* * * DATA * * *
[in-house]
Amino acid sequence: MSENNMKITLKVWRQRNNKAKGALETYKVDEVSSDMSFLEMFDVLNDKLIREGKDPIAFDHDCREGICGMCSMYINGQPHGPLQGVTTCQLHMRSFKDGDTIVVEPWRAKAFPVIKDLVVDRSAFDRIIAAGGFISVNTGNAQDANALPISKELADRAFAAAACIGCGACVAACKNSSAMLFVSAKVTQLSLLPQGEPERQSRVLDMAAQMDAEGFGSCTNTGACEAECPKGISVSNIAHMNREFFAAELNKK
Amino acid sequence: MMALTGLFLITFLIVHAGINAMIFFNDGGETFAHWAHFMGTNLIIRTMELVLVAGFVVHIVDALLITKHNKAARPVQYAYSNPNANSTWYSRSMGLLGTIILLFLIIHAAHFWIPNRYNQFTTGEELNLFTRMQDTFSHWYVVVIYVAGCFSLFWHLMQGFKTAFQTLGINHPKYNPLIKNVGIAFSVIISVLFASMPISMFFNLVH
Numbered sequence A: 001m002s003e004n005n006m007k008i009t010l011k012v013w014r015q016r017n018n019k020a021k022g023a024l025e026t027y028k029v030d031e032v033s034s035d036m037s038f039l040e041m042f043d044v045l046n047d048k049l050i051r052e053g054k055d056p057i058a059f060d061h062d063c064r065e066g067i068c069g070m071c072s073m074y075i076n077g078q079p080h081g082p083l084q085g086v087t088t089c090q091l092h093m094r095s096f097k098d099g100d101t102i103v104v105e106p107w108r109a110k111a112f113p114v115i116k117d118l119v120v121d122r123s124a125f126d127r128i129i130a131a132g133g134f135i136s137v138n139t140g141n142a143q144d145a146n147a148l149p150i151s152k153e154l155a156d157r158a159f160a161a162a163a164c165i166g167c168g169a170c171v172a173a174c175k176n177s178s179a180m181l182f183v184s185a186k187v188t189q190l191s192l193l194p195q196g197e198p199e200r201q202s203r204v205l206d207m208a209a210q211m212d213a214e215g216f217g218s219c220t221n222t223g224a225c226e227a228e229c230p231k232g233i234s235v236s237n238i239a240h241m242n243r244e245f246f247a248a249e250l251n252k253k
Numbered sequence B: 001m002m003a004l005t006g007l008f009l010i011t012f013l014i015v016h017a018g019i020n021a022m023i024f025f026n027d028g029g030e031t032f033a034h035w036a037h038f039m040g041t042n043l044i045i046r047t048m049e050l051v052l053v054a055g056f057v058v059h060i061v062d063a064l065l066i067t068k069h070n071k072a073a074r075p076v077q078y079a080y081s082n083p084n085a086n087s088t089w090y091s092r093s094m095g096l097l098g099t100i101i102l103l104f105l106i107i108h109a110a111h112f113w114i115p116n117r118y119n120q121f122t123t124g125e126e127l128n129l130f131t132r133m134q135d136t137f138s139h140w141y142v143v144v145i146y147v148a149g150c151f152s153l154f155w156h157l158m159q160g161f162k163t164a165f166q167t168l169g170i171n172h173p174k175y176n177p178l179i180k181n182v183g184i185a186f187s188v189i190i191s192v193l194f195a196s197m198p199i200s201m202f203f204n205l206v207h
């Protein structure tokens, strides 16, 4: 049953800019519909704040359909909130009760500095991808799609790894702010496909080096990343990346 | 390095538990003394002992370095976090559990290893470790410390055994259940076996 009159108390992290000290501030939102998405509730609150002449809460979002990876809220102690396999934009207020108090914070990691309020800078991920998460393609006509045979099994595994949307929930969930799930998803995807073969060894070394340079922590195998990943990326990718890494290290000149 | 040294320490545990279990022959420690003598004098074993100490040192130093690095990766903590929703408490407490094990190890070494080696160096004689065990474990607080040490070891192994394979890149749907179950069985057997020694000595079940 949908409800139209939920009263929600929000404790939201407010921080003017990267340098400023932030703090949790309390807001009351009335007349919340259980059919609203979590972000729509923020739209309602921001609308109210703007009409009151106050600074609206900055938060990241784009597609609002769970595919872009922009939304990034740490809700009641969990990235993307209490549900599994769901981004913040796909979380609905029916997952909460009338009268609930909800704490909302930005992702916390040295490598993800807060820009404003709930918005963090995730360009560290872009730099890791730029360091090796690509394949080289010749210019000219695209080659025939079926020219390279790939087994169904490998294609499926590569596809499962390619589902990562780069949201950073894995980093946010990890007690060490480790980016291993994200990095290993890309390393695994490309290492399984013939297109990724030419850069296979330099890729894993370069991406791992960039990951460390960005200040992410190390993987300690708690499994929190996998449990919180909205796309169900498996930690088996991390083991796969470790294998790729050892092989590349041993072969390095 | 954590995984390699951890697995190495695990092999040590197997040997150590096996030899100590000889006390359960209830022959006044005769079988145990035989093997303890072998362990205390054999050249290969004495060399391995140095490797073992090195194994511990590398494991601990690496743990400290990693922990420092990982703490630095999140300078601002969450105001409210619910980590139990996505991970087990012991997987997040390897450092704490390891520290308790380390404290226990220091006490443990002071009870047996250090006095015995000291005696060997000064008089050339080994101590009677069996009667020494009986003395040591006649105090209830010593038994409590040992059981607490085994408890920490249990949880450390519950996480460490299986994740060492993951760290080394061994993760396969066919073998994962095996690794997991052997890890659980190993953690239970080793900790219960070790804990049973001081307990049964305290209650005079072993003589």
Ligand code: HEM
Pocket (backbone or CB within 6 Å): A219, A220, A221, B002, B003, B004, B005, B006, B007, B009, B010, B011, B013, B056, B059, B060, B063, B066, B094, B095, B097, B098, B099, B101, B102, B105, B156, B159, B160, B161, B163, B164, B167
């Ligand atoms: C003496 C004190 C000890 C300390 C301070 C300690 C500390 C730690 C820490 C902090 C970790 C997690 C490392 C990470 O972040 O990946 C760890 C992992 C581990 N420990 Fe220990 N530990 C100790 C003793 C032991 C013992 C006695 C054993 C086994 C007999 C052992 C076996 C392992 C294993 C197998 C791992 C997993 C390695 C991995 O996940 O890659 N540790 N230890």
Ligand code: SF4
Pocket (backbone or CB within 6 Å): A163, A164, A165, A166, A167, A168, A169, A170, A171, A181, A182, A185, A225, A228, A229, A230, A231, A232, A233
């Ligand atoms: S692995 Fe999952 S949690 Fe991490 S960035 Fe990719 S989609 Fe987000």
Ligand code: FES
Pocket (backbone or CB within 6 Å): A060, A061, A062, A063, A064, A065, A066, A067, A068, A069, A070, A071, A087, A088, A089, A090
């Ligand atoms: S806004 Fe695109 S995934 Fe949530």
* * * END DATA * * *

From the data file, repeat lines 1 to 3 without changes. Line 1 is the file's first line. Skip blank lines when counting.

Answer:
[in-house]
Amino acid sequence: MSENNMKITLKVWRQRNNKAKGALETYKVDEVSSDMSFLEMFDVLNDKLIREGKDPIAFDHDCREGICGMCSMYINGQPHGPLQGVTTCQLHMRSFKDGDTIVVEPWRAKAFPVIKDLVVDRSAFDRIIAAGGFISVNTGNAQDANALPISKELADRAFAAAACIGCGACVAACKNSSAMLFVSAKVTQLSLLPQGEPERQSRVLDMAAQMDAEGFGSCTNTGACEAECPKGISVSNIAHMNREFFAAELNKK
Amino acid sequence: MMALTGLFLITFLIVHAGINAMIFFNDGGETFAHWAHFMGTNLIIRTMELVLVAGFVVHIVDALLITKHNKAARPVQYAYSNPNANSTWYSRSMGLLGTIILLFLIIHAAHFWIPNRYNQFTTGEELNLFTRMQDTFSHWYVVVIYVAGCFSLFWHLMQGFKTAFQTLGINHPKYNPLIKNVGIAFSVIISVLFASMPISMFFNLVH